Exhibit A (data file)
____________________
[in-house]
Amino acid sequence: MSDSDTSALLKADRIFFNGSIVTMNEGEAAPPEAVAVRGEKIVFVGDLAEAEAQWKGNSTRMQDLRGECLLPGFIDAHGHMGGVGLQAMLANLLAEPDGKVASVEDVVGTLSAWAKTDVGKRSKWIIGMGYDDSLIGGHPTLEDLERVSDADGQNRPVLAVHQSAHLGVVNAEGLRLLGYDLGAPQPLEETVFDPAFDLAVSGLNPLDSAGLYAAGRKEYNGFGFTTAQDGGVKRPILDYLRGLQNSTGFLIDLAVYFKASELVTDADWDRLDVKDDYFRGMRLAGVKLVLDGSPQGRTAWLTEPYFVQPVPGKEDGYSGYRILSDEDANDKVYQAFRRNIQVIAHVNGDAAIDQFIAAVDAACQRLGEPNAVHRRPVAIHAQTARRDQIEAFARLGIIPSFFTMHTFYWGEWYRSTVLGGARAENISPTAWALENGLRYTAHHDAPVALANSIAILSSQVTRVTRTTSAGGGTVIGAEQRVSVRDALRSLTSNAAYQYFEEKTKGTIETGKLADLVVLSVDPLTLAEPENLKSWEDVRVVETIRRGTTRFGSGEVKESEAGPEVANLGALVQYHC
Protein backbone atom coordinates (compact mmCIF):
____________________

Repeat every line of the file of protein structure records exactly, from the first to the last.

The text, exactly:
[in-house]
Amino acid sequence: MSDSDTSALLKADRIFFNGSIVTMNEGEAAPPEAVAVRGEKIVFVGDLAEAEAQWKGNSTRMQDLRGECLLPGFIDAHGHMGGVGLQAMLANLLAEPDGKVASVEDVVGTLSAWAKTDVGKRSKWIIGMGYDDSLIGGHPTLEDLERVSDADGQNRPVLAVHQSAHLGVVNAEGLRLLGYDLGAPQPLEETVFDPAFDLAVSGLNPLDSAGLYAAGRKEYNGFGFTTAQDGGVKRPILDYLRGLQNSTGFLIDLAVYFKASELVTDADWDRLDVKDDYFRGMRLAGVKLVLDGSPQGRTAWLTEPYFVQPVPGKEDGYSGYRILSDEDANDKVYQAFRRNIQVIAHVNGDAAIDQFIAAVDAACQRLGEPNAVHRRPVAIHAQTARRDQIEAFARLGIIPSFFTMHTFYWGEWYRSTVLGGARAENISPTAWALENGLRYTAHHDAPVALANSIAILSSQVTRVTRTTSAGGGTVIGAEQRVSVRDALRSLTSNAAYQYFEEKTKGTIETGKLADLVVLSVDPLTLAEPENLKSWEDVRVVETIRRGTTRFGSGEVKESEAGPEVANLGALVQYHC
Protein backbone atom coordinates (compact mmCIF):